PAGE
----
Nonetheless, in its motion for a new trial on damages the Bart Group contended that the district court's benedictory remarks violated its rights, not by wishing the jury "God speed," but by expressing the hope that the jury would have "the judgment of Solomon." The district court responded to that argument, when it belatedly appeared in the motion for a new trial, this way:

Plaintiffs' motion lists an additional error: the Court's comment to

the jury to "have the wisdom of Solomon." Overlooking the fact that

Plaintiffs did not object to the statement at trial, Plaintiffs have not [End Page 32]

presented any argument or authority in support of their contention that

this remark was improper. Therefore, the Court will not address it. The problem, the Bart Group argues, is that the remark refers to "splitting the baby" and the jury might have thought that it was being urged to decide the breach of contract damages issues in favor of Mercado since it had found the liability issues in favor of the Bart Group""to split the case down the middle and give each side half.

The Bart Group's argument reflects a misunderstanding of scripture that is almost biblical in proportions. When two women each swore to be the mother of a child, King Solomon did not split the baby. Instead, he announced his intention to do that in order to flush out the truth. See 1 Kings 3:16-28. Confronted with the prospect of the baby being split with a sword, the woman who had falsely claimed the child responded with the Old Testament equivalent of "let "˜er rip," while the woman who had borne the child begged Solomon not to slay the child even if it meant that she would lose it to the other woman: "[G]ive her the living child, and in no wise slay it," she pleaded. Id. at 3:26 (King James Version). Solomon was wise enough to know that a mother would rather lose her child to another than have it slain, and so he gave the child to the woman begging for its life to be spared. Id. at 3:27. And all of Israel was in awe of his wisdom. Id. at 3:28.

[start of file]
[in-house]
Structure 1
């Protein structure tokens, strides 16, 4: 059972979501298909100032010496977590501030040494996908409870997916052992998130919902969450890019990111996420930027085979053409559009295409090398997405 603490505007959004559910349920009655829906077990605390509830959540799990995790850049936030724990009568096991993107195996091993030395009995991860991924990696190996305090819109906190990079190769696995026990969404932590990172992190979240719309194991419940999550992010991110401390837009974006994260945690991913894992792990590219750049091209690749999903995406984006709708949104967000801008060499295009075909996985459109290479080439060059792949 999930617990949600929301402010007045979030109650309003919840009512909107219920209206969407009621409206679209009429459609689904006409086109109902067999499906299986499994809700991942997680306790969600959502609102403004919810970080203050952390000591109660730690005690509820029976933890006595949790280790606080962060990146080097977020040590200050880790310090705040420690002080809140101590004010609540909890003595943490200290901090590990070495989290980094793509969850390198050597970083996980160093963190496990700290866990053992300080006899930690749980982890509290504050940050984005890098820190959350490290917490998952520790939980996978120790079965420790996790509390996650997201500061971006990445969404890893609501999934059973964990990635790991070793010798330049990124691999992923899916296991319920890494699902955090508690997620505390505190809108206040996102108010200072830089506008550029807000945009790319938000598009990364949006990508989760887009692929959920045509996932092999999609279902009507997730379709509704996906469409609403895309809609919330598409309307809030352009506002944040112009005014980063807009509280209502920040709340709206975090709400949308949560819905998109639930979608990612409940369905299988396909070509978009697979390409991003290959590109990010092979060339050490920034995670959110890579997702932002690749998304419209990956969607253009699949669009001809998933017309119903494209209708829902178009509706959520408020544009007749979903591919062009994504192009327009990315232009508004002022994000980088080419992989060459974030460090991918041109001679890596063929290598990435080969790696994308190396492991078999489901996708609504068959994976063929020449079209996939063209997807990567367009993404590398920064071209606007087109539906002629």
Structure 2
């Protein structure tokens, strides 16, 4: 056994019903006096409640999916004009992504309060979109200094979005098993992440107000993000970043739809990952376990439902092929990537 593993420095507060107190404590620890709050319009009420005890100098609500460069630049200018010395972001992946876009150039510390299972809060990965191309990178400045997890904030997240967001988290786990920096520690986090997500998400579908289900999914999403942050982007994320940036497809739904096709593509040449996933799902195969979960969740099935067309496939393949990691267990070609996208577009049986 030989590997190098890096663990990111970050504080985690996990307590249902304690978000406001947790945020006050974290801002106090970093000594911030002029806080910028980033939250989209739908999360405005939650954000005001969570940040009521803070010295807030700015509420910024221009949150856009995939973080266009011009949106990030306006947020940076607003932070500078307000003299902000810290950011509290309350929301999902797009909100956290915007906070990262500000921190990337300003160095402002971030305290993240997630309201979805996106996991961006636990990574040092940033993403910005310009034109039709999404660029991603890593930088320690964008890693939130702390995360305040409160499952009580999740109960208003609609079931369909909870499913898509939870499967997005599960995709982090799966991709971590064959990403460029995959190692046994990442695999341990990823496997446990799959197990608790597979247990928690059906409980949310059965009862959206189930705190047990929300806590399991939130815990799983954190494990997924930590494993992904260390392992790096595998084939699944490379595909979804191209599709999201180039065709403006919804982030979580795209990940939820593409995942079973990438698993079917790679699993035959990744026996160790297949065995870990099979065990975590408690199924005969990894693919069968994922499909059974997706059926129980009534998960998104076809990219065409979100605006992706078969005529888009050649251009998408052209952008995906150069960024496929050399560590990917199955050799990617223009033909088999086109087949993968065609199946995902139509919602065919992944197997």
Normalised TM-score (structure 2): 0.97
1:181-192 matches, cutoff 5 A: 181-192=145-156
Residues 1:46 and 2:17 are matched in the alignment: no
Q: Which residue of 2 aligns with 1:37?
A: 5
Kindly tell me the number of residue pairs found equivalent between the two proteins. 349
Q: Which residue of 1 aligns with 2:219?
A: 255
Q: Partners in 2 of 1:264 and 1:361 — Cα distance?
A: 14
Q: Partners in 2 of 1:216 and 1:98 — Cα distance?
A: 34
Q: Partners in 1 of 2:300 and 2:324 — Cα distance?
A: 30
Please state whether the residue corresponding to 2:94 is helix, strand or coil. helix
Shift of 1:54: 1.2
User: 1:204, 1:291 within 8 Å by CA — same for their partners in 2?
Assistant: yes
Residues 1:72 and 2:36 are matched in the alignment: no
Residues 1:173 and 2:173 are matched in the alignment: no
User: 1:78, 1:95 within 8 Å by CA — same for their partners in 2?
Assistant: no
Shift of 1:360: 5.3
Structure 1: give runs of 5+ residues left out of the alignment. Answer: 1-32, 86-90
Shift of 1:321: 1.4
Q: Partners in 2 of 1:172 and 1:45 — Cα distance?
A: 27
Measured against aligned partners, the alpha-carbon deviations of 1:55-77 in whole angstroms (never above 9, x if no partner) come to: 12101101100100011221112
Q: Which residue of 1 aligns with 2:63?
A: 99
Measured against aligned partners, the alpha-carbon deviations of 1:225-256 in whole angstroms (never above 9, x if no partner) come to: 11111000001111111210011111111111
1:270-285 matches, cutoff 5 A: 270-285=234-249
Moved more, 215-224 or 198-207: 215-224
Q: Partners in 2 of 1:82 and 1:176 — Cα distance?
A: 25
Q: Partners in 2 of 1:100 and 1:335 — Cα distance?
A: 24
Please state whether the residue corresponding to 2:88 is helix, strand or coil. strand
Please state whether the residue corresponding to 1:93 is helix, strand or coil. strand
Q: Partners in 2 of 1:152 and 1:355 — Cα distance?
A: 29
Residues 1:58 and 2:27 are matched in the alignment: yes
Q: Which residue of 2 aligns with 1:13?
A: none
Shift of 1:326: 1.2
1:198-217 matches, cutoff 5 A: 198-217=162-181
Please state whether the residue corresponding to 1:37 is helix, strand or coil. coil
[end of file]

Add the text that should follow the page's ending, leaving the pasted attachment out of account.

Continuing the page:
In this case the judge did not instruct the jurors to split the baby. Instead, [End Page 33] she wished them the judgment of Solomon. A jury blessed with the judgment of Solomon would be wise in discerning the truth. Agreeing with the district court, we wish such wisdom on every jury. Even if the Bart Group had not waived any issue about the court's remark, there is nothing wrong with what the court said.

The Bart Group contends that the district court erred by denying its renewed motion for judgment as a matter of law or in the alternative to alter or amend the judgment to include nominal damages or for a new trial on the issue of damages. It argues that Florida law entitles it to an award of nominal damages based on the jury's phase I verdict that Mercado had breached the parties' contract.